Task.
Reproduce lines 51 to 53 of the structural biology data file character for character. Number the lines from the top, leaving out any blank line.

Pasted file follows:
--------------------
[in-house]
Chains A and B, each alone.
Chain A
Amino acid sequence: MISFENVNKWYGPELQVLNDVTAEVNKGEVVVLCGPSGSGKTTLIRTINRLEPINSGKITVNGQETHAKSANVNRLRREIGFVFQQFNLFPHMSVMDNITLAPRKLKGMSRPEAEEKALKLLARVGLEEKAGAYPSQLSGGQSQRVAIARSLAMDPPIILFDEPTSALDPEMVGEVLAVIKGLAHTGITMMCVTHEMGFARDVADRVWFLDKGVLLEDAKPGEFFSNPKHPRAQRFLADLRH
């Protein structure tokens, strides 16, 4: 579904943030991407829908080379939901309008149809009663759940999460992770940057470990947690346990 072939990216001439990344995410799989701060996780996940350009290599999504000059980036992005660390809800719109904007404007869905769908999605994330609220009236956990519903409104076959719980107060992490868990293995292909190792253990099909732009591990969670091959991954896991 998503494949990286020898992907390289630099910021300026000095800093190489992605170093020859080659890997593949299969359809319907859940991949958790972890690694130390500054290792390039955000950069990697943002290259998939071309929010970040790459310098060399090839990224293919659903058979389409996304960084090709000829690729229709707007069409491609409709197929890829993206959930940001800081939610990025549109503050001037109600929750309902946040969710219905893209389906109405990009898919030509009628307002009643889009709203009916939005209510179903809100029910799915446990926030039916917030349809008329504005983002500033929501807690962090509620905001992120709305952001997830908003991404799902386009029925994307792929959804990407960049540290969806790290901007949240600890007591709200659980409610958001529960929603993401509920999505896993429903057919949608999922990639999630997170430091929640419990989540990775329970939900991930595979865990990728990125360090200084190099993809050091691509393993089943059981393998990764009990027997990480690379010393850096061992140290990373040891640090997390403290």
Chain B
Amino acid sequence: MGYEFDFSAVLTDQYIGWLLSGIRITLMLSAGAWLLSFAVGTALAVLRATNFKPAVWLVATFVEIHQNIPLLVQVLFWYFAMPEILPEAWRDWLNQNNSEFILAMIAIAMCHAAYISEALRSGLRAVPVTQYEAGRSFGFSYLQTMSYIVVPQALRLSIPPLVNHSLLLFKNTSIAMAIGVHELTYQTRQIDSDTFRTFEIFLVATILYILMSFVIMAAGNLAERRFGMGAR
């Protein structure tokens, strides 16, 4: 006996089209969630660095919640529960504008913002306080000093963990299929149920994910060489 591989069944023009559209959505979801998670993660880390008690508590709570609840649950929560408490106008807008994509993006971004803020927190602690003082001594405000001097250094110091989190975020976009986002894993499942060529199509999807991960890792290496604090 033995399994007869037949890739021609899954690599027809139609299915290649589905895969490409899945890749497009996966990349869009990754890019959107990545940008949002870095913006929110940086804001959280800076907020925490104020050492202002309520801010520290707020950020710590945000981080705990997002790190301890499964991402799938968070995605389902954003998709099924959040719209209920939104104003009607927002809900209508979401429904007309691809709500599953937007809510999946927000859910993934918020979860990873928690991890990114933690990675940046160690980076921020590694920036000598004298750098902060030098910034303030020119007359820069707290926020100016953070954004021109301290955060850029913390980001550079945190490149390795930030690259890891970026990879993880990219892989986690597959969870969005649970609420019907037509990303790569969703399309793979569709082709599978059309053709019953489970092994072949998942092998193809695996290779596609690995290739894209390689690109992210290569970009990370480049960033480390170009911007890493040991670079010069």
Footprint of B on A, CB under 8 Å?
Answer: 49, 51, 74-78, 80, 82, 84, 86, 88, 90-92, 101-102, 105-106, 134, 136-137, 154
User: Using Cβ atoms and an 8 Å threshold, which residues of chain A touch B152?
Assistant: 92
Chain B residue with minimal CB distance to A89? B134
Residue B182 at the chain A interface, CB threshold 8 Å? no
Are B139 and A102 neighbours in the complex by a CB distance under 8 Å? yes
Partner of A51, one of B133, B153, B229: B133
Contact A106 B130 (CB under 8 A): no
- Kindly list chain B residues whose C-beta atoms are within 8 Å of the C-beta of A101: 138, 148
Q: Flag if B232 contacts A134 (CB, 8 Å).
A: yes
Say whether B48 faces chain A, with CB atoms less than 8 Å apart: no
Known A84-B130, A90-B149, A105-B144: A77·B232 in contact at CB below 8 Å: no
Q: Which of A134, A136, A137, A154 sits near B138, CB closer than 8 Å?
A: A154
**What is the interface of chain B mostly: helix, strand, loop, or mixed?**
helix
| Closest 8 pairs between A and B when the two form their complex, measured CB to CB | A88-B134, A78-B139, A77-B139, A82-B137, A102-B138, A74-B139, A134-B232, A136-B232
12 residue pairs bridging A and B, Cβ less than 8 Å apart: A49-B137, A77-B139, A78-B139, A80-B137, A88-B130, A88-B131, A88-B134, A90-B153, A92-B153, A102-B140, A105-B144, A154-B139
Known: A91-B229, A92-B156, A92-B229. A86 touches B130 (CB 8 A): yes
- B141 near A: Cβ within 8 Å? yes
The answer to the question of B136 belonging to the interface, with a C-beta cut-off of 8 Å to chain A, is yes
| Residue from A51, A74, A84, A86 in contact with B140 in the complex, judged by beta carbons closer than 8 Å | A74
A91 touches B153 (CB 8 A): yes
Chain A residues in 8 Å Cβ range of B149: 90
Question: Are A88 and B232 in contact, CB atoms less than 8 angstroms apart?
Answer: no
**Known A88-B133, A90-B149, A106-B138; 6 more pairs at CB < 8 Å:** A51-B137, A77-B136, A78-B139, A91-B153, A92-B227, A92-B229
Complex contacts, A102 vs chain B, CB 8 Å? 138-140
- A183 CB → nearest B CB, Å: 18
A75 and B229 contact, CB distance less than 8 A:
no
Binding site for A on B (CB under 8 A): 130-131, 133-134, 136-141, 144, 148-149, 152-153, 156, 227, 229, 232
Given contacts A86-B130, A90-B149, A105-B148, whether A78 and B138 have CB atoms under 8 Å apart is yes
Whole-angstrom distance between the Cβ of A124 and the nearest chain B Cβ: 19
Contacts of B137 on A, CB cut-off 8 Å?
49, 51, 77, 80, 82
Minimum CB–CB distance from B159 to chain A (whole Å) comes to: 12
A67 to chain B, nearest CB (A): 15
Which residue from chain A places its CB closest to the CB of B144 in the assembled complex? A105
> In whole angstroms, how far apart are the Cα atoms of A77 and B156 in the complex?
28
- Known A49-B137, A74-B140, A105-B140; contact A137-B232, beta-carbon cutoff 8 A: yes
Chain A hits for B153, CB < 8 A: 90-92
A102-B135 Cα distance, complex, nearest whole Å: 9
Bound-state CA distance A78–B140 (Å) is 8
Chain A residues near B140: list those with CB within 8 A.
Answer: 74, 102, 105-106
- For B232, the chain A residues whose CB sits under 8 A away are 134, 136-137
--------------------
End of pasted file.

28
- Known A49-B137, A74-B140, A105-B140; contact A137-B232, beta-carbon cutoff 8 A: yes
Chain A hits for B153, CB < 8 A: 90-92